Until about two months ago, Newport Beach’s Gary Jabara was the largest private owner of wireless infrastructure in the U.S.
By next month, the prominent Orange County telecom exec will be the largest owner of commercial real estate in the chic Napa Valley city of Yountville, the Business Journal has learned.
Jabara is under contract to buy The Estate Yountville, a 22-acre “village-within-a-village” collection of upscale hotels, restaurants, wedding facilities, shops, meeting space, a vineyard and other facilities in the heart of wine country.
The Estate is the largest commercial property in the city of Yountville, which is just off the St. Helena Highway, about 55 miles north of San Francisco.
“It’s the gem of Napa Valley,” said Jabara of the impending purchase, which industry sources not involved in the deal estimate could approach $300 million.
He describes the Yountville as the “Beverly Hills of wine country,” given its collection of high-end restaurants, stores and resorts, and notes the area is closer to San Francisco and Silicon Valley than some other notable destinations in the vicinity like St. Helena and Calistoga.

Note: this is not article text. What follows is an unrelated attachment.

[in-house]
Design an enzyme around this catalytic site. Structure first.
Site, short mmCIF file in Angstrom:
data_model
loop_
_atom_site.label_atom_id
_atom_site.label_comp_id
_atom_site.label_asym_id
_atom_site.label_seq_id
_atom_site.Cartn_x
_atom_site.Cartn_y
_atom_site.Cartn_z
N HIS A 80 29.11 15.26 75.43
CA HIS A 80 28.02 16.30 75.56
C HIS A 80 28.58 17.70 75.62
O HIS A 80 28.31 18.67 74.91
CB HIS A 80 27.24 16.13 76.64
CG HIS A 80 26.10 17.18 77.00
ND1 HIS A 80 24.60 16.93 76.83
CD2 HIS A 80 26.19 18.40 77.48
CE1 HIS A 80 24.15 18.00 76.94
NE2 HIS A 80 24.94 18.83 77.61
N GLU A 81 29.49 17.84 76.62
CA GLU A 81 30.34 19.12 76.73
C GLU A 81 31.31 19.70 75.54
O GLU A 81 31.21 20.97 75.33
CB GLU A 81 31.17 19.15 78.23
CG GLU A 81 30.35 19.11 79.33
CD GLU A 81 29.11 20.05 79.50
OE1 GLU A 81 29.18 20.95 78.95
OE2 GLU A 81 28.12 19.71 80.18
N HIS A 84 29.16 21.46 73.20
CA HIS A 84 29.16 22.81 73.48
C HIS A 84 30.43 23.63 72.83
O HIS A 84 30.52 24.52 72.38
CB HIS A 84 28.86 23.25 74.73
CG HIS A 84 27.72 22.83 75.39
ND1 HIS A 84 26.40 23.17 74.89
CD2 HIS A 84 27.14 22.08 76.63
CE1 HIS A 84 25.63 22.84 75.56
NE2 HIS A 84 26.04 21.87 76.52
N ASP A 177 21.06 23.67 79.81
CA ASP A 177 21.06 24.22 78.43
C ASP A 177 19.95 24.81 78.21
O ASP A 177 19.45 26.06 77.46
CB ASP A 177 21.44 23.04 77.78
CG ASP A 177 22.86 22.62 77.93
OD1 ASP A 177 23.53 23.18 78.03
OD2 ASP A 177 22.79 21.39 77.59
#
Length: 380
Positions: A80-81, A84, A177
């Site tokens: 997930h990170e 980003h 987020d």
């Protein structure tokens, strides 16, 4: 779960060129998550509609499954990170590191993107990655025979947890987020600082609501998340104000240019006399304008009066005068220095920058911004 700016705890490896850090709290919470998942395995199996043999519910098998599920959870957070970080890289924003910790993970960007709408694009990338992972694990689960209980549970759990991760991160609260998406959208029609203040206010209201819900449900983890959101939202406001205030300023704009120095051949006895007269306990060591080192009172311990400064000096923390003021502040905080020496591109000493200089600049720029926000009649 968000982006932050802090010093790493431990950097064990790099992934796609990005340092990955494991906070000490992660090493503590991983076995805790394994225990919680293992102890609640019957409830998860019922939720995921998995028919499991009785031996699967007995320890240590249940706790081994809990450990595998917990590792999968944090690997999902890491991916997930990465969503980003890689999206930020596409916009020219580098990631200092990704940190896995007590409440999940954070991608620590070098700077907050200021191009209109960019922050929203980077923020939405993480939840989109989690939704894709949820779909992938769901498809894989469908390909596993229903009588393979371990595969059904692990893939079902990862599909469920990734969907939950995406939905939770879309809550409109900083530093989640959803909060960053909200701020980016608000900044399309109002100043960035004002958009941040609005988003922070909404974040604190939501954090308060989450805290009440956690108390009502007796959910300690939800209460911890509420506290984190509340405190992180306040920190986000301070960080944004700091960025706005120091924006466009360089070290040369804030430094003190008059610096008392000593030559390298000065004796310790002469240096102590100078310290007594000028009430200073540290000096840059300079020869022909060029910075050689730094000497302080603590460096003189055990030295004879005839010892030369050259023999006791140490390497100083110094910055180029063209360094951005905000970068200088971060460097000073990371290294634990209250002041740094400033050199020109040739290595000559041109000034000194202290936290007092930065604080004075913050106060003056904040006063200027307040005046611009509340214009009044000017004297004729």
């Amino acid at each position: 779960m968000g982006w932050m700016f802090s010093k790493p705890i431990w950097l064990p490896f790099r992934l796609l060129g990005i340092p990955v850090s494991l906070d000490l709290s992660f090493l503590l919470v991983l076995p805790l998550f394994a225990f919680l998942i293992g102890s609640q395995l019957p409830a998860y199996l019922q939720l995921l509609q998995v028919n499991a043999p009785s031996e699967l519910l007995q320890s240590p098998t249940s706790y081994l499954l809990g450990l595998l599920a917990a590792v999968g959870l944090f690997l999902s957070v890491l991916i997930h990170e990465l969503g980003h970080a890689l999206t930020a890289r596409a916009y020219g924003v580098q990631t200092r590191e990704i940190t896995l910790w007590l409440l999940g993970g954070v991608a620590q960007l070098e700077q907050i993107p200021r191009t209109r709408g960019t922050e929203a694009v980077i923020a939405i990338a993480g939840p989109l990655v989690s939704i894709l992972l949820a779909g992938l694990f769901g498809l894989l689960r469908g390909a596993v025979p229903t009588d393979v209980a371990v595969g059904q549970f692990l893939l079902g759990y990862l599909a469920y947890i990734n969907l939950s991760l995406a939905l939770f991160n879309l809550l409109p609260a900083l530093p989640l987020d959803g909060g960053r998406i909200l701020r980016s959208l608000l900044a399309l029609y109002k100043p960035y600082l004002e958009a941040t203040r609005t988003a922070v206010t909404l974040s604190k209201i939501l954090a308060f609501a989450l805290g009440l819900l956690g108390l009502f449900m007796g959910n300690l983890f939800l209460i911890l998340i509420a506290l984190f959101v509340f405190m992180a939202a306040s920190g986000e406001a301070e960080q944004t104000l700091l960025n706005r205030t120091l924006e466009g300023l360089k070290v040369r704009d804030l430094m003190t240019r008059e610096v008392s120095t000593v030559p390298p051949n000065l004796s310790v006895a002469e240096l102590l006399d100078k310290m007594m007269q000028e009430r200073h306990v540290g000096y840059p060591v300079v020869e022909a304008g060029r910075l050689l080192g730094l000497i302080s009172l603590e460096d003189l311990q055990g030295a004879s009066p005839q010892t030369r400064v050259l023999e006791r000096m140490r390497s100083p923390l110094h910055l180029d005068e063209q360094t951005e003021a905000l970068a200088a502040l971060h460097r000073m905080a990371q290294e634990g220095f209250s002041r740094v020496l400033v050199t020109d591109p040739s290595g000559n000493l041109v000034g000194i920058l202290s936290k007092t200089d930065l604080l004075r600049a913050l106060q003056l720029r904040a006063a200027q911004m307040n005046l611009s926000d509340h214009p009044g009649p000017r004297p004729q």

Yountville can claim to be the culinary capital of Napa Valley, with Thomas Keller’s famed French Laundry restaurant located a short walk from The Estate; it’s one of several eateries that Keller operates in the city, which boasts several other notable restaurants and chefs as well.
The city—running about 1.5 square miles and counting a population of around 3,300—boasts more Michelin stars per capita than any other place in North America, according to news reports.
Hefty Price Expected
The Estate is anchored by two luxury hotels: Hotel Villagio, a 112-room property with 22 suites; and Vintage House, an 80-room hotel.
Both were revamped about three years ago, and currently count nightly rates starting around $900, according to the property’s website.
Jabara, who has long counted an extensive real estate portfolio in addition to his telecom holdings, didn’t comment on how much he’s paying for the entirety of The Estate, citing a non-disclosure agreement.
A price in the $270 million to $300 million range is possible, given recent pricing for luxury hotels in the Napa Valley region, said Alan Reay, president of Irvine-based hotel brokerage Atlas Hospitality.
That would imply a price in the $1.4 million to nearly $1.6 million a key range.
If the deal hits that mark, it will be the largest hotel transaction in California this year on a cumulative basis, according to Atlas’ data.